It was not only a part of the local curriculum, but more dancers were sent to India to study the form, including one of the nation’s most outstanding dancers, Philip McLintock. More local training also became available through the Indian Cultural Centre.
Nrityageet virtually emerged out of the combination of these developments. Two sisters, daughters of Cyril Shah, Nadira and Indranie Shah who had received training in dance, who had an interest in Indian dance and who belonged to a family with its own history of deep involvement in the performance industry, became founder members of the Nadira and Indranie Shah Dance Troupe, one of the private companies already referred to and a pioneer in this enterprise.
Their first activity was the dance theatre called Nrityageet, first performed to commemorate the anniversary of Indian Arrival and what Dr Shah Roath describes in the Programme Notes as “the spirit of our ancestors who faced countless ordeals to survive” and “achieved dreams of… cultural retentions,” among other things. Nrityageet became an annual production always on or close to May 5, and gradually improved in quality.
Seeta Shah Roath’s mention of “three generations of dancers, choreographers and producers” is apposite. Other co-founders of the troupe and the annual production are Bhanmattie Shah, mother of the three sisters Indranie, Nadira and Seeta.
Those are named as co-founders and now as co-producers with the addition of Suzanne Shah Nilsson, daughter of Seeta. The family’s involvement in production goes well beyond that, since Cyril Shah (known as Shaw) was much involved in British Guiana’s vaudeville industry and is the producer responsible for The Mighty Sparrow’s career in pre-Independence Guyana and most of his concerts in the country afterwards.
Dr Shah Roath’s Programme Notes continue: “Produced and performed by the Nadira and Indranie Shah Dance Troupe, MS, Nrityageet has been presenting annual performances for over 30 years.” The troupe “received the National Award, the Medal of Service, for “Our Sustained and Outstanding Contribution to the Cultural Mosaic of Guyana.” The production has won many other competitive artistic awards in the Guyanese theatre.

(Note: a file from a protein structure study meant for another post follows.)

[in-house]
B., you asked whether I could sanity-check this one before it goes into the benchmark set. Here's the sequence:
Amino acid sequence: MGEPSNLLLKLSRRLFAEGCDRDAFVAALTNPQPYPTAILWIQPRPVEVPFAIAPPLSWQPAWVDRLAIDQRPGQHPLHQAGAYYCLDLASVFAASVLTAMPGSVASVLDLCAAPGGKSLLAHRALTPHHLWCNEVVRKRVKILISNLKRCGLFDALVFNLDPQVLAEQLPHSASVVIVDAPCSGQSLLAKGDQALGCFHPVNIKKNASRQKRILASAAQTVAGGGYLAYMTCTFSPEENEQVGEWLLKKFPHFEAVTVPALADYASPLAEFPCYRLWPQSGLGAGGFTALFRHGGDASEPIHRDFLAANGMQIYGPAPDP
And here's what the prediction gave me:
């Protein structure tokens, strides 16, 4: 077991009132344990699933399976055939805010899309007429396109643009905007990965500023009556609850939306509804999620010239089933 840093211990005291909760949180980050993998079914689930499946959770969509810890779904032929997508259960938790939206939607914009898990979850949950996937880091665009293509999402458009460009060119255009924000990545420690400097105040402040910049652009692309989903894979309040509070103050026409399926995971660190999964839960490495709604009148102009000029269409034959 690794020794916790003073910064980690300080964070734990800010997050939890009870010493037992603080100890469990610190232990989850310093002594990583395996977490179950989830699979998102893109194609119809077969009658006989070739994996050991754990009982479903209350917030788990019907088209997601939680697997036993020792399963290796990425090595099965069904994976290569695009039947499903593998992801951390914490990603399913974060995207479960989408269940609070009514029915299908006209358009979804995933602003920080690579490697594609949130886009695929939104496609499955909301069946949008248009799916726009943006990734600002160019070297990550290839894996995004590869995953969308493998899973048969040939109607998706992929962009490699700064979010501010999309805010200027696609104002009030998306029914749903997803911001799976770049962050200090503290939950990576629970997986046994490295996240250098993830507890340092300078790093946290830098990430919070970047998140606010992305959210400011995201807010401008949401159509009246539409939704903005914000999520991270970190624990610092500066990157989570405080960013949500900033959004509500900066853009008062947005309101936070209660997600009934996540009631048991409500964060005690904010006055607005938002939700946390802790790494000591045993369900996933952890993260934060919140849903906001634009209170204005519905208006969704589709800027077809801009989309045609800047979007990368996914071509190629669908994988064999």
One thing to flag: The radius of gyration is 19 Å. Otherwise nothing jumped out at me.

Their 32nd annual performance reflected the diversity of their interests in a variety of dance forms, which is a development over the years from their original focus on Indian dance. There was quite a range of choreographers and types of dance presented. The ‘resident’ choreographers included Nadira Shah Berry, Suzanne Shah Nilsson and Rewattie Datt, but the programme featured the work of several others in a performance of significant variety. Nrityageet invited in several guests including the National School of Dance and their tutors Linda Gtiffith and Vivienne Daniel, the Indian Cultural Centre with work by Mousumie Saha, North Georgetown Primary School and individuals such as Kijana Lewis, as well as performance poetry, a regular feature by Seeta Shah.
The inclusion of Lewis was significant. His duet performed with Suzanne Shah was a high point of the production, signalling what is also the high point of dance in Guyana.
Surely both Kijana Lewis and Suzanne Shah are currently at the top of contemporary Guyanese dance. At a time when there are many high quality male dancers in the country, especially with the rise of Clive Prowell’s Classique group, Lewis manages to dominate because of his class, creativity and prolificity. The duet held no surprises in his demonstration of technique, energy, dramatic quality and sensitivity. Suzanne has emerged out of an apprenticeship in Nrityageet to be now among the leading dancers in Guyana and combined effortlessly with Lewis.
Other dancer-choreographers had multiple works in the programme such as Amanda DeFreitas, Amanda Singh and Indira (or Indra?) Etwaroo. Nadira Shah was able to appear, mainly in solos, in the comfort that the annual production is now a fixed tradition which creates opportunities for several others in Guyana to progress in the field of dance.